The FF91 is an all-electric luxury family car to take on the Tesla Model X Screenshot

Just as Faraday Future appeared to be getting back on track, the elusive electric car startup has been hit with another lawsuit. A visual effects company is suing the nascent Tesla rival for $1.8m (£1.4m) over outstanding payments for an unreleased "3D presentation" reportedly intended to generate a buzz for its upcoming FF91 hypercar showcased at CES 2017.

The lawsuit was filed by The Mill Group which the China-backed carmaker tasked with producing a glorified 3D presentation using "virtual reality, augmented reality, and holographic components, to promote the January 2017 launch of a new electric vehicle deployed by Faraday".

The virtual teaser was intended only for "bigwigs or celebrity-type people", an unnamed source told Jalopnik, but after an alleged lack of payment, The Mill Group pulled the plug on the virtual tour. "Without the money, they had to stop," said the source.

According to the complaint, Faraday contacted The Mill Group to discuss the project in August 2016. The studio returned with a production estimate a few weeks later, with Faraday agreeing to pay just shy of $2m ($1,822,750 in total) in three installments.

The legal documentation claims that "Faraday has repeatedly acknowledged that it accepts the sums owing to The Mill and its intention to pay", but has only stumped up $20,000 despite repeated requests for payment. Faraday declined to comment publicly or privately to Jalopnik regarding the litigation.

The lawsuit - which was filed on 13 January in Los Angeles - follows several years of intense scrutiny about the mysterious start-up, with litigation, reports of disgruntled staff and botched public presentations all overshadowing the startup's lofty ambitions and its vision for electric, autonomous cars.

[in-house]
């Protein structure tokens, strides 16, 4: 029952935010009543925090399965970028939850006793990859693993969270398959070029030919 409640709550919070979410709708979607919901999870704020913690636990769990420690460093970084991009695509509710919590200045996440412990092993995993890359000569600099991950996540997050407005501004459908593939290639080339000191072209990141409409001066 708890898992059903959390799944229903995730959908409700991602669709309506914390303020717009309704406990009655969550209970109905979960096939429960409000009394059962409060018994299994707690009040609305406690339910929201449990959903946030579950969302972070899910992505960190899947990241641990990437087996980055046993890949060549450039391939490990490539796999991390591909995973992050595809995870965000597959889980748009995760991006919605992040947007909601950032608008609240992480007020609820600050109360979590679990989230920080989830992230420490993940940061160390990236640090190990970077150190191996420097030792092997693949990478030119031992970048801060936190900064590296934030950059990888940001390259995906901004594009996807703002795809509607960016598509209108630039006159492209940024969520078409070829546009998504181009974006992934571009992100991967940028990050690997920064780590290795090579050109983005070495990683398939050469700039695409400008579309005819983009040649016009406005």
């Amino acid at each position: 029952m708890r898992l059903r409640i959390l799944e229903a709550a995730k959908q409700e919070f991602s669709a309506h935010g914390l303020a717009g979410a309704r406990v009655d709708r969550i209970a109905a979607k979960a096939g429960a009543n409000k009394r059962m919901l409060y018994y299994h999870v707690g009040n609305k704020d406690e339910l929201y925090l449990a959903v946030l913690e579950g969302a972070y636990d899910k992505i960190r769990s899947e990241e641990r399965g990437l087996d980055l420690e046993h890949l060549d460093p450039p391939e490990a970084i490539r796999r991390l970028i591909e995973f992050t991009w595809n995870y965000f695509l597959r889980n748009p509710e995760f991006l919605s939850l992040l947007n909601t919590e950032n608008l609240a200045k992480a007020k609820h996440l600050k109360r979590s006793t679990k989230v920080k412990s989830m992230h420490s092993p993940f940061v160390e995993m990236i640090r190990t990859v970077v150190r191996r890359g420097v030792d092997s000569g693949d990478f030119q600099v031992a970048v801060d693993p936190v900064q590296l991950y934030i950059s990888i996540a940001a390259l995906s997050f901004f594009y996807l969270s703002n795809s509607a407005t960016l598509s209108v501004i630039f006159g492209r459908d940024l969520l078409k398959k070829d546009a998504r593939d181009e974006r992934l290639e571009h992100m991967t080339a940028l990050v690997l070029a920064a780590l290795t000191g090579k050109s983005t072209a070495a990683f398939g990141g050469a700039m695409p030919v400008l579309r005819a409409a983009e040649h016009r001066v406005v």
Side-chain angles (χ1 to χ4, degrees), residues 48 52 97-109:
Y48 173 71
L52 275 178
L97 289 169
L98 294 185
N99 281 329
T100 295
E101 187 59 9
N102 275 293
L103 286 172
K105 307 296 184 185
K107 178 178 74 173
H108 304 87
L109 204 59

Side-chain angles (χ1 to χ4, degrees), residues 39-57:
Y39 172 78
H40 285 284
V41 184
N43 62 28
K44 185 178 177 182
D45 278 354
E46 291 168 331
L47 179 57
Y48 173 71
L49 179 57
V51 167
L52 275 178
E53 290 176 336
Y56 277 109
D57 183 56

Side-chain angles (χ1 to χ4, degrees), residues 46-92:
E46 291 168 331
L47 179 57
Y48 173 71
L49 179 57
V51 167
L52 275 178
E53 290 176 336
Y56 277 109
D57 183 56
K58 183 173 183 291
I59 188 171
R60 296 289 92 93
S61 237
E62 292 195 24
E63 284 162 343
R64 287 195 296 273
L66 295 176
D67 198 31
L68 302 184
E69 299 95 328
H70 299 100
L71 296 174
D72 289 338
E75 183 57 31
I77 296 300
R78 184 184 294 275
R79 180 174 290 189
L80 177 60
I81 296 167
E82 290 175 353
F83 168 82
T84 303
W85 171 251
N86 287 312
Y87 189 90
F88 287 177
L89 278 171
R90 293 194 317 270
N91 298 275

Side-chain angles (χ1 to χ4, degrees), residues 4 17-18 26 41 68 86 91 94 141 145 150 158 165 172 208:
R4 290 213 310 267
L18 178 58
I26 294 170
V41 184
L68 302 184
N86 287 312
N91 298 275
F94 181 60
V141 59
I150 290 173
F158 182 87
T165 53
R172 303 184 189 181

A year after Faraday debuted a non-functioning, "Batmobile" prototype at CES 2016, the all-electric FF91 graced the Las Vegas stage in January. Announced for pre-order with a $5,000 (£4,000) deposit, the "world's first truly connected car" raised a few eyebrows among concerned critics after it failed to move more than a few feet during its potentially make-or-break reveal.

However, before the FF91 could even show its chassis and the latest court battle, Faraday already found itself dealing with the sharp end of multiple lawsuits for unpaid bills. Faraday also saw its grand plans for a Gigafactory-beating $1.3bn car factory in north Las Vegas, Nevada, unceremoniously grind to a halt in late 2016, with construction firm Aecom citing $21m in unpaid fees.

Concerns around the company's finances - echoed by industry insiders and disgruntled ex-employees - have led to speculation that the FF91 six-figure hypercar will never hit the production line, with Faraday's billionaire backer Jia Yueting, possibly looking at his other Chinese electric car startup LeEco as a sounder investment for the ongoing electric car wars currently led by Tesla and its entrepreneurial co-founder, Elon Musk.